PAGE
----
Four Power Plays Clicking in the Second Half

by Brennan Des on February 20, 2018
  • Lining Up
  • Four Power Plays Clicking in the Second Half

 

This week we take a look at some of the best and worst power play units since the beginning of 2018. Keep in mind, coaches often scramble their power play combinations, but the most offensively talented players usually see the most time on the man advantage. So, while some of these units might change as the season progresses, the core should remain the same.

 

Who’s Hot?

 

Sidney CrosbyEvgeni MalkinPhil KesselPatric HornqvistKris Letang

 

PP% (Since Jan 1, 2018): 30.3%

 

When a power play features three of the league’s top 10 scorers, you know it’s going to be good. You probably expect Sidney Crosby, Evgeni Malkin, and Phil Kessel to be scoring above a point-per-game pace, which they are, but let me throw some more shocking stats at you. Malkin has five power-play goals in 2018. The Edmonton Oilers, as a team, have four power-play goals in the same span. Through 61 games this season, Phil Kessel leads the league with 33 power-play points. Nicklas Backstrom had the most power-play points in 2016-2017, he totalled 35 in 82 games. While you might attribute Pittsburgh’s power play success to each individual’s sheer talent, Coach Mike Sullivan highlights a different attribute:

 

It starts with their work ethic, their willingness to retrieve loose pucks, and their attention to detail. They can create so much just off loose-puck battles. When teams try to be over-aggressive, our guys can make one play to beat the pressure, and usually it ends up in a glorious chance.

 

 

 

Aleksander Barkov – Evgenii Dadonov – Jonathan HuberdeauVincent TrocheckKeith Yandle

 

PP% (Since Jan 1, 2018): 28.6%

 

In the 2017 portion of this season, Florida actually had the seventh-worst power play in the league, managing just 19 goals over 38 games (15.8%). 2018 has been much kinder to them, as the Panthers have scored 16 times with the man advantage, over a span of just 18 games. While the team’s young offensive talent continues to develop and showcase their skill, 31-year-old Keith Yandle has done a great job of mentoring the kids. One of the most notable improvements in Florida’s power play is their ability to react to the opposition’s defensive style. As Yandle himself pointed out:

 

It just all depends what the other team’s doing, reading off of them. If there’s an open spot, trying it…you can learn tendencies from other players. Even your own teammates, you can learn tendencies from. I think it’s a big part of the game, obviously our coaches do a great job with it getting us ready for games.

 

 

 

 

 

Reilly SmithJonathan MarchessaultWilliam KarlssonAlex TuchShea Theodore

 

PP% (Since Jan 1, 2018): 28.6%

 

One of the most amazing things about Vegas is their depth scoring. Sure, this particular unit might currently be considered ‘number one’, but it’s actually Eric Haula and David Perron who lead the team in power play points (14). I was actually surprised to see that most of these guys had been given power play time in the previous seasons, with William Karlsson being the exception. Karlsson hadn’t really seen consistent time on the man advantage throughout his career, but this season he’s averaging 2:25 a game, and has a career-high nine power-play points to show for it. Although his previous career high was just a single power-play point…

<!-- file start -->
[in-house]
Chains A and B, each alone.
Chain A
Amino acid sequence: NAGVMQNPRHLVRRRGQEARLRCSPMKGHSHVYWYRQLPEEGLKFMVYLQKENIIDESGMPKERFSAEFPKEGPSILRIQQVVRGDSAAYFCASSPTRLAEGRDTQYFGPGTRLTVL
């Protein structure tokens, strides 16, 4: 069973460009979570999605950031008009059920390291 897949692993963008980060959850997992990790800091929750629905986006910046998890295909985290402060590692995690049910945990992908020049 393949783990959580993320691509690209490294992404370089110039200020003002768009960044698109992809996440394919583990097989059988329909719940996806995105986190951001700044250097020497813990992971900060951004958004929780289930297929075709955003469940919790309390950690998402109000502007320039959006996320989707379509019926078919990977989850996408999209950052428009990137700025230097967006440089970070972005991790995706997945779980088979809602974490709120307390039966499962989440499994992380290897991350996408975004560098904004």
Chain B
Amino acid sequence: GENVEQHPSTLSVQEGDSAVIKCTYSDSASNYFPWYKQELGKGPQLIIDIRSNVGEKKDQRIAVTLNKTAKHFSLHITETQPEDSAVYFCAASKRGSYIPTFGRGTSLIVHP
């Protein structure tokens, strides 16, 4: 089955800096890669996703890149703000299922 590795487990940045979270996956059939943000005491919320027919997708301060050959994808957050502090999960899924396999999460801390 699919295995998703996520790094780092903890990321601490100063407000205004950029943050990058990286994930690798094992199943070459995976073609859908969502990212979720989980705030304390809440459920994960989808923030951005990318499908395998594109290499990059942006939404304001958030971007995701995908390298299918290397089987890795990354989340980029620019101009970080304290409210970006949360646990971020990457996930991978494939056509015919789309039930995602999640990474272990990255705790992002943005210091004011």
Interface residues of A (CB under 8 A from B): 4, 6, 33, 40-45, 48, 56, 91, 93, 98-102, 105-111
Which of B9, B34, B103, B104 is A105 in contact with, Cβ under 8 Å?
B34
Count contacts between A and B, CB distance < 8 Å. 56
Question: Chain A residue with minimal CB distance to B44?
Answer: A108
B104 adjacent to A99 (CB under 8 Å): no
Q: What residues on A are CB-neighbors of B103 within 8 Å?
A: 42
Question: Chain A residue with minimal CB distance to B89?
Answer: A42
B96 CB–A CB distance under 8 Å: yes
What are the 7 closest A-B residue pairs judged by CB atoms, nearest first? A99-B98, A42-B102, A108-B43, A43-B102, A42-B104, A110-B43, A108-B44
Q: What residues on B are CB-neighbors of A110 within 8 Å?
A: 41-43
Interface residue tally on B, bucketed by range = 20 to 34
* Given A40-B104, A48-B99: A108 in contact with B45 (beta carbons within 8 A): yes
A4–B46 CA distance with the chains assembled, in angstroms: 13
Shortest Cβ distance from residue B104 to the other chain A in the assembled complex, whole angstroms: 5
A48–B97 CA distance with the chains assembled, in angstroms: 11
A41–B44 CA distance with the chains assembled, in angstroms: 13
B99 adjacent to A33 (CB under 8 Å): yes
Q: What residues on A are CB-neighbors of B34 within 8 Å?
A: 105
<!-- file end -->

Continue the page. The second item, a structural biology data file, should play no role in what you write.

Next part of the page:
Brendan GallagherAlex GalchenyukMax PaciorettyJonathan DrouinJeff Petry

 

PP% (Since Jan 1, 2018): 26.2%

 

While his season totals aren’t very impressive, it’s hard to ignore how good a power play quarterback Jonathan Drouin can be. To set up the power play, you need to enter the zone, and that’s something Drouin is very good at. He has a great ability to stickhandle into open space, giving his teammates enough time to get into position. While Max Pacioretty has showcased his sniping abilities in the past, it’s Alex Galchenyuk who has become the primary shooter on the power play, and his killer one-timer has resulted in seven power play goals this season. Despite his diminutive stature, Brendan Gallagher provides an effective net front presence because he’s always banging away at every loose puck, never afraid to take shots from the other team after the whistle. With rumours swirling that Shea Weber could be out for the rest of the season, Jeff Petry doesn’t have much competition as the team’s lone defenseman on the power play.

 

 

 

Who’s Not?

 

Patrick MaroonLeon DraisaitlRyan StromeConnor McDavidOscar Klefbom

 

PP% (Since Jan 1, 2018): 8.9%

 

How can a power play unit that features one of the world’s most talented players, have the least number of goals this calendar year? The Edmonton Oilers have four power-play goals in 2018, a span of 19 games. To give you some perspective, the Nashville Predators have had the second-worst PP% in 2018, and they’ve managed eight goals – double the Oilers’ output. It would be foolish to blame the team’s power play struggles on Connor McDavid, considering he leads the team with 14 power-play points. Who’s second you ask? Ryan Nugent Hopkins, and he’s been out for the last month with cracked ribs. Needless to say, the rest of the team hasn’t exactly pulled their weight. Living on the east coast, I don’t get to watch much Oilers’ hockey, but their struggles with the man advantage are dissected very well here. It seems they need to work on their one-timers.

 

 

 

Gabriel LandeskogNathan MacKinnonMikko RantanenTyson JostTyson Barrie

 

PP% (Since Jan 1, 2018): 15.0%

 

It’s hard to criticize Colorado’s power play performance in 2018 considering they were missing their best player for eight out of the 20 games they played. In those eight games, they managed just two goals on 26 opportunities with the man advantage. Remove that stretch and their PP% for the calendar year jumps to just over 20%. What am I trying to say? Nathan MacKinnon has a huge impact on the team’s success. But MacKinnon’s Hart-worthy performance has been well-documented this season, unlike Mikko Rantanen’s incredible performance. In just his second NHL season, Rantanen has 53 points in 57 games. Not only does he lead the team with 20 power-play points, but he sits 12th in the league for power play ice time. He’s seen more time on the man advantage than Evgeni Malkin, Evgeny Kuznetsov, Claude Giroux, Blake Wheeler, John Tavares, the list goes on and on! As you can see, this type of opportunity is usually given to proven superstars, which makes it all the more impressive that 21-year-old Rantanen is being given that same opportunity to succeed.